This 5-session course introduces you to the most consequential nature philosophy developed in the United States. Through a process of reading, discussion and writing, you’ll be exposed to key texts from the ancient world, European modernism, American Transcendentalists, and postmodern Gaia theory. You’ll learn where Transcendentalism came from, and how it continues to inform our way of perceiving and understanding nature. More importantly, you’ll be able to “play” with these ideas, developing and expressing your own philosophy of nature.
1) Springsources: Hindu, Judaic, Greek and Roman nature mysticism
2) The Transcendental Experience: Emerson’s Nature
3) Living Transcendentally: Thoreau’s Walking
4) Collective Transcendentalism: Whitman’s Song of Myself
5) Transcendentalism in the age of Gaia: Margolis’s What is Life?
Fall session classes are scheduled for Weds. 7-9pm; 11/18, 11/25, 12/2, 12/9, 12/16.
The texts for our first class will be accessed from the web. Suggested editions for the other texts are found by clicking on the book title.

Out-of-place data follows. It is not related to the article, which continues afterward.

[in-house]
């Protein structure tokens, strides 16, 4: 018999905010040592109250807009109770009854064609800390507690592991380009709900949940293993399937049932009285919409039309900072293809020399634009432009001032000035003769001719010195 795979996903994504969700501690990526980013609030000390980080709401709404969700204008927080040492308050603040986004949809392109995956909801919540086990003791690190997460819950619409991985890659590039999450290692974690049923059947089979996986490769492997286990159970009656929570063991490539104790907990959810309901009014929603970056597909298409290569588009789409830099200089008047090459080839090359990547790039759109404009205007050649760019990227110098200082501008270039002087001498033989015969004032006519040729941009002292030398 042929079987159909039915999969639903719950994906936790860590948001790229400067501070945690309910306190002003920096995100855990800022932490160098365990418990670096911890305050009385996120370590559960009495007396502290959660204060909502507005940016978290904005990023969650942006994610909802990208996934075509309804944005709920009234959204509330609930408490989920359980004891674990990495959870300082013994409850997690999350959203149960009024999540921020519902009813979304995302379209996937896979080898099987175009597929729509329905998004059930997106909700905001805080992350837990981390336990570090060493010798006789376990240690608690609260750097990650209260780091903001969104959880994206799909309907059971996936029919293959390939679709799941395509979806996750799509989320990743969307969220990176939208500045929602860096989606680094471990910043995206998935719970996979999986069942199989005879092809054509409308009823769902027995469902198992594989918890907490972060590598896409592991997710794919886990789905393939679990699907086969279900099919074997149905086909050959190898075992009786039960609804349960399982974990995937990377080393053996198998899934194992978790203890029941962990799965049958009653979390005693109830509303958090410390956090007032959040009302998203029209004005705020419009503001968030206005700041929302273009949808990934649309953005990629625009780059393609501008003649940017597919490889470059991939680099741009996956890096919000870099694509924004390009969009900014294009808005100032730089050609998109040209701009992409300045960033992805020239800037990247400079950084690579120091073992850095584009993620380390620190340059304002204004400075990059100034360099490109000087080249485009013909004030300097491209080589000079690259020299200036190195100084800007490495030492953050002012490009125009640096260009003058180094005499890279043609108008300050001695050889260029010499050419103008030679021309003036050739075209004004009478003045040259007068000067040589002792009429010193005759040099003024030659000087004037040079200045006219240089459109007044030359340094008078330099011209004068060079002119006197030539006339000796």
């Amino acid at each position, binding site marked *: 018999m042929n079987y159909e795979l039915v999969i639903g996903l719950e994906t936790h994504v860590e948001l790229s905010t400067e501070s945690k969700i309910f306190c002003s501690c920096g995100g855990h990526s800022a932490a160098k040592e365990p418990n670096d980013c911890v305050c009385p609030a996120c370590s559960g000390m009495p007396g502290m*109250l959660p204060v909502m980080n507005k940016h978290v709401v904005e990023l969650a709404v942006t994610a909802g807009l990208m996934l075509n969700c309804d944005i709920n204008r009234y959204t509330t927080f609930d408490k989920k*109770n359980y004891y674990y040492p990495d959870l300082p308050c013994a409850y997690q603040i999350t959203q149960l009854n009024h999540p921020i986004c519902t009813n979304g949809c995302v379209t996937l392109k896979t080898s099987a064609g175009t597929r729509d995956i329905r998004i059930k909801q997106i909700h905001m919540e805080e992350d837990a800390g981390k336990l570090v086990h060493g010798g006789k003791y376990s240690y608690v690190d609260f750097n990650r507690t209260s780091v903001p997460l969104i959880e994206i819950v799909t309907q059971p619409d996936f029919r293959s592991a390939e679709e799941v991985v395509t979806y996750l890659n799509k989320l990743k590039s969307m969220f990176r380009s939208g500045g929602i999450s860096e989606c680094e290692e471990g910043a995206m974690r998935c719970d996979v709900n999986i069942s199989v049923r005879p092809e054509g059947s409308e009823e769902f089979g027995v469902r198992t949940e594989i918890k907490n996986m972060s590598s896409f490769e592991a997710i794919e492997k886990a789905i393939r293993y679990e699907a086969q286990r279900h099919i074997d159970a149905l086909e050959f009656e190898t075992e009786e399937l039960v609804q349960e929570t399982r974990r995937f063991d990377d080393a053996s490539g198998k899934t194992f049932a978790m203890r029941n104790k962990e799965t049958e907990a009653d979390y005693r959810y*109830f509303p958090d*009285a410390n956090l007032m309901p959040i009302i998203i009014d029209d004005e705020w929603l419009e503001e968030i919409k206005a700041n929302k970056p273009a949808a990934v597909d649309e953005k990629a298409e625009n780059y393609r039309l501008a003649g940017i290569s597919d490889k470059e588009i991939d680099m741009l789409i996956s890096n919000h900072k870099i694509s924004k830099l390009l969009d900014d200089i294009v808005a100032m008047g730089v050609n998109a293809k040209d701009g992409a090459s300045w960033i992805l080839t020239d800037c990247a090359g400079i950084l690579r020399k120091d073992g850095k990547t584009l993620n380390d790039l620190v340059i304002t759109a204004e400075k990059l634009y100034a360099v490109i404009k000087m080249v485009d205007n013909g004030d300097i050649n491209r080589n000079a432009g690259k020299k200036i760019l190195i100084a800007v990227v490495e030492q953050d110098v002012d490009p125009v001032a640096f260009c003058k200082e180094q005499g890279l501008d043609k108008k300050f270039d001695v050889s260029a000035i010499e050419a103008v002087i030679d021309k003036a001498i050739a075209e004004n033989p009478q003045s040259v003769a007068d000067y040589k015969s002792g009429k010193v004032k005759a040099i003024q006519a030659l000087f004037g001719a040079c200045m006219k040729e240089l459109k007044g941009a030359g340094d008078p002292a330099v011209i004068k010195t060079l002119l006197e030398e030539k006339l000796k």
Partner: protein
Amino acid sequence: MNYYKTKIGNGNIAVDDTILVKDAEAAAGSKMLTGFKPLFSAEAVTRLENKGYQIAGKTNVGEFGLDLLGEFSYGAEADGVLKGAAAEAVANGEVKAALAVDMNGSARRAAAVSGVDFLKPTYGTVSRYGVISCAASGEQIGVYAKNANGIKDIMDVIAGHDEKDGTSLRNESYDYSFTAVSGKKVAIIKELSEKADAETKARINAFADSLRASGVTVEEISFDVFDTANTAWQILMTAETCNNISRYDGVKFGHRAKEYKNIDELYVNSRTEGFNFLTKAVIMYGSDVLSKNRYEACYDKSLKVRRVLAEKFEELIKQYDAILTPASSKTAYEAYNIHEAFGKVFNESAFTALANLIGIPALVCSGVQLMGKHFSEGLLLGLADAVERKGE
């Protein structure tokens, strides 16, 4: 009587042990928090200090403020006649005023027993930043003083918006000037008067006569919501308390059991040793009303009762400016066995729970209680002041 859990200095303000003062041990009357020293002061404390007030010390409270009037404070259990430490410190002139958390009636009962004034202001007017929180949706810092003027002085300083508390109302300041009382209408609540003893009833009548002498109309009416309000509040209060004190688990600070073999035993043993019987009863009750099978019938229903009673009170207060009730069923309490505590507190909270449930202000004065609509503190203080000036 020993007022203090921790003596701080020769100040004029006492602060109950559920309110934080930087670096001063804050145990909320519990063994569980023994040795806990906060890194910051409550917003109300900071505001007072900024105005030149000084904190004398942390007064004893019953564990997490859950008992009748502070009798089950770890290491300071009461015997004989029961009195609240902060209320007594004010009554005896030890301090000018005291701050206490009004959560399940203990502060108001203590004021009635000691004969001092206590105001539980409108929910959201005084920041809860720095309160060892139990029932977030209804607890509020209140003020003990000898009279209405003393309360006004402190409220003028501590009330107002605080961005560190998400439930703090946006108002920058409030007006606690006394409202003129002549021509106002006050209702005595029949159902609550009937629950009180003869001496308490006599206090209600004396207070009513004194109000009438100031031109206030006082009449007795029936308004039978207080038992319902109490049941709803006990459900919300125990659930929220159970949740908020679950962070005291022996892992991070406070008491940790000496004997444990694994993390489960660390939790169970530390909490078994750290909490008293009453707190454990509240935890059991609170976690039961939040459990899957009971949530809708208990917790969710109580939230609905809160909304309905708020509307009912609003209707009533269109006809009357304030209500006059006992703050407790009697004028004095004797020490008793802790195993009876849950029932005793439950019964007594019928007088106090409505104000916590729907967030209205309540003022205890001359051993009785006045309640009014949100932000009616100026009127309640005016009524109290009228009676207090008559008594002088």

You’ll also receive links to, or hand-outs of, secondary sources so you are introduced to the historical contexts from which these ideas and works emerged. The curriculum is structured recursively so that each class builds upon contexts established on the one before it, so that when we get to What Is Life?, you have the conceptual tools you need to see how Transcendentalism continues to guide our understanding of the human place in the designs of nature. Finally, you’ll be provided with questions and prompts online that will help guide you through the readings, so when we meet you have already started interpreting Transcendental ideas. You are not required, but are strongly encouraged, to keep a journal of your reflections and questions which, if you desire, your instructor will review and comment upon.
Learn where Transcendentalism came from, and how it informs our way of perceiving nature. In five easy 2-hour classes!